Once the goal is set, the business must work to, and monitor the progress toward, that goal through definable results. But how should business define these results? In many cases, the definable results may differ based on who is using the results and how they are being used. For example, executive-level decision makers may prefer easily digestible metrics, whereas patent counsel may need (and should require) substantive analysis verifying those metrics. While patent quality is notoriously subjective, tools such as claim charting reads on products, patent summaries for strategic decision making, and dashboarding the coverage of the portfolio as a whole are instrumental in maintaining quality and avoiding mission creep.
With the results identified and tools in hand, the steps necessary to achieve that goal should be solidified. For example, if the goal is to drive internal innovation, steps should include setting metrics for patent filings/issuance in technical areas, reviewing how contributions are elicited from the sales and engineering teams, and ensuring patent filings are directed to potential future products. If the goal is to protect product markets, steps should include setting metrics related to coverage of the business’s key products, and key features in those products, and protecting those products and features through robust patent continuation practice. Alternatively, if the goal is to ward off litigation or generate licensing revenue, the analysis should look to products and features of competitors and the industry as a whole—both where the industry is now and where it is heading.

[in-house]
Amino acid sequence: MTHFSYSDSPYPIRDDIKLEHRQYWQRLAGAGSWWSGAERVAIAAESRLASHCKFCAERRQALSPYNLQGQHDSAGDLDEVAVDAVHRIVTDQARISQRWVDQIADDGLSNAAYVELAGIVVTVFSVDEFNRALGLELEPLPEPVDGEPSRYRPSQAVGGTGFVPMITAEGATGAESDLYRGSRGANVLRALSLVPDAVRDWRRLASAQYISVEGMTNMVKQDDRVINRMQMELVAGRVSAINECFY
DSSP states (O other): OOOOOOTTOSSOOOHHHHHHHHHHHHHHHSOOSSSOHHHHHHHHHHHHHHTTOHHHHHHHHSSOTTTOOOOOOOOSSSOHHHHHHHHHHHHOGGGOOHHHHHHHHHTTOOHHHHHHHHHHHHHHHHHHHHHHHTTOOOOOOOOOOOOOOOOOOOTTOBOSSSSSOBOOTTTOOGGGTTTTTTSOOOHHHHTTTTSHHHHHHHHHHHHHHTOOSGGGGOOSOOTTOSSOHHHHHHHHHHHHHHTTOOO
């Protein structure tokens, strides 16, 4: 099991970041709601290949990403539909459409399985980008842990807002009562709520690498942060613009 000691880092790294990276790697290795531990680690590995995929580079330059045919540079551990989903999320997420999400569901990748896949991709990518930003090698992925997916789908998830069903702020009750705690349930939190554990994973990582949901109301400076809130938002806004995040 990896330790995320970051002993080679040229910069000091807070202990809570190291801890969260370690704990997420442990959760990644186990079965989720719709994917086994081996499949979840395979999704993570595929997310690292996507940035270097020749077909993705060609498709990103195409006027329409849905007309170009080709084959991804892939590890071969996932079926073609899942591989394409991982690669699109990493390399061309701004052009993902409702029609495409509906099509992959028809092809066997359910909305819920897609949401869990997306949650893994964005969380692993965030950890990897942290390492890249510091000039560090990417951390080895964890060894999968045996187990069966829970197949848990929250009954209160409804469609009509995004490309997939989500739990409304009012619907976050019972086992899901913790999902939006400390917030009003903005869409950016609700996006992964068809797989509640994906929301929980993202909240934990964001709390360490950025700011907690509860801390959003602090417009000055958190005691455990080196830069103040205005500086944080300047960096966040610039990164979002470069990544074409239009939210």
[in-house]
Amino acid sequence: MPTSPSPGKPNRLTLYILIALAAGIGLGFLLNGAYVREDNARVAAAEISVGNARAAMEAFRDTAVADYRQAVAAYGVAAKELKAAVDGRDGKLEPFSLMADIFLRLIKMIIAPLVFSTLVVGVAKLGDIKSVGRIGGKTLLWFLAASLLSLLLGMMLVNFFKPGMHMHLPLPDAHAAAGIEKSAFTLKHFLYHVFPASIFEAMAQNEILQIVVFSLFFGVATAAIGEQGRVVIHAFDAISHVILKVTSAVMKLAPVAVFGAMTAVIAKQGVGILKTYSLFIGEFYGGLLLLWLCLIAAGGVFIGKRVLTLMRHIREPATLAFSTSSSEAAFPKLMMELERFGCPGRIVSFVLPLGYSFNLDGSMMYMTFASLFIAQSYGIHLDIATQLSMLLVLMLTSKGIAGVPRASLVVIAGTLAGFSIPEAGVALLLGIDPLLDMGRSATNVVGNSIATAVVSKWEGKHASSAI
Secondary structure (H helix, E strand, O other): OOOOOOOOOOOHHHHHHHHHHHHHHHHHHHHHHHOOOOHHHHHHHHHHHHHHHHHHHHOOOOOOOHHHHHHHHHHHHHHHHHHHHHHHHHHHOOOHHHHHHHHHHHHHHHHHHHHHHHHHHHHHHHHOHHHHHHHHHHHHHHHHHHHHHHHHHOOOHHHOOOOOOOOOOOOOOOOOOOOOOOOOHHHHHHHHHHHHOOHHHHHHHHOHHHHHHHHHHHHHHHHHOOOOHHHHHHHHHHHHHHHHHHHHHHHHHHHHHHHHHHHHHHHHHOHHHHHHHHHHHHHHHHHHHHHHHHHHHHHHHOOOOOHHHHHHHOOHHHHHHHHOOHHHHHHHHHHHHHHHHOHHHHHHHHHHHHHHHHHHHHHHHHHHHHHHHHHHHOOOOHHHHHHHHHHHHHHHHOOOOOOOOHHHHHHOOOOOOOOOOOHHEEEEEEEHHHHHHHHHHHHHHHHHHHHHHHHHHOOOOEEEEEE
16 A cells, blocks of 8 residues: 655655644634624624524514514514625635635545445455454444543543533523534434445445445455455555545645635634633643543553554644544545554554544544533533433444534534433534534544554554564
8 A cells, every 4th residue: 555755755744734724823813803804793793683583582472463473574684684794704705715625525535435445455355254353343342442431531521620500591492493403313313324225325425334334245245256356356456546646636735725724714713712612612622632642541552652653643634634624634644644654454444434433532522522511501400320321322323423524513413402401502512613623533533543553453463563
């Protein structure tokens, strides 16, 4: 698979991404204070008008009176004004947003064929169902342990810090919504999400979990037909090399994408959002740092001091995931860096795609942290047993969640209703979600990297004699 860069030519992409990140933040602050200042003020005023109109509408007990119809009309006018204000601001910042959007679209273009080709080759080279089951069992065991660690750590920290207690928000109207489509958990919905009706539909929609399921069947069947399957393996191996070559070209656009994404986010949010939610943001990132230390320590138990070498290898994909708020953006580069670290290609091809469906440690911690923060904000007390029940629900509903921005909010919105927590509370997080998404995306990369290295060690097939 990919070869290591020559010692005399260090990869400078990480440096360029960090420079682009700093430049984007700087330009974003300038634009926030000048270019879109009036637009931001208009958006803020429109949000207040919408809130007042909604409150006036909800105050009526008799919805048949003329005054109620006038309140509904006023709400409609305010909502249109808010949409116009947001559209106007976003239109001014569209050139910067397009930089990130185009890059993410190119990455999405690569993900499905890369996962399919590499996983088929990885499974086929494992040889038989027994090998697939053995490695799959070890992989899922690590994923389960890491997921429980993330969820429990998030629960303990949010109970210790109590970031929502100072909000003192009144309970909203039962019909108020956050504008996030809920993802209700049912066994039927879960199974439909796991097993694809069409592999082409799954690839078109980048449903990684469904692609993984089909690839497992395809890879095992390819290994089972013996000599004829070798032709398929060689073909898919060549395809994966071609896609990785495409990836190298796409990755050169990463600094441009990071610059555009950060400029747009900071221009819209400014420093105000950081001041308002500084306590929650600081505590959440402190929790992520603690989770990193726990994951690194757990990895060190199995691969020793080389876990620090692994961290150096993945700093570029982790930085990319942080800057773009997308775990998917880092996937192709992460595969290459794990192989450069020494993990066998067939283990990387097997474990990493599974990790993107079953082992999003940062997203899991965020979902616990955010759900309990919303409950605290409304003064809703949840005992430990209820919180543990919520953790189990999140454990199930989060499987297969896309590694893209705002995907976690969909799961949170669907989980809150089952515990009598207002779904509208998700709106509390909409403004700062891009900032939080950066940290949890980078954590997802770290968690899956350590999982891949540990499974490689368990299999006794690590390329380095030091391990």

Most importantly, businesses must avoid autopilot. From generating the ideas underlying patent filings to coordinating a portfolio-wide patent strategy, businesses cannot simply acquiesce to doing things the way they have always been done. This docile acceptance is the primary antagonist of innovation. Accordingly, businesses should routinely ask what else can be done and how it can be done better. This is particularly true as the law related to patents and the patenting of new technology continually changes.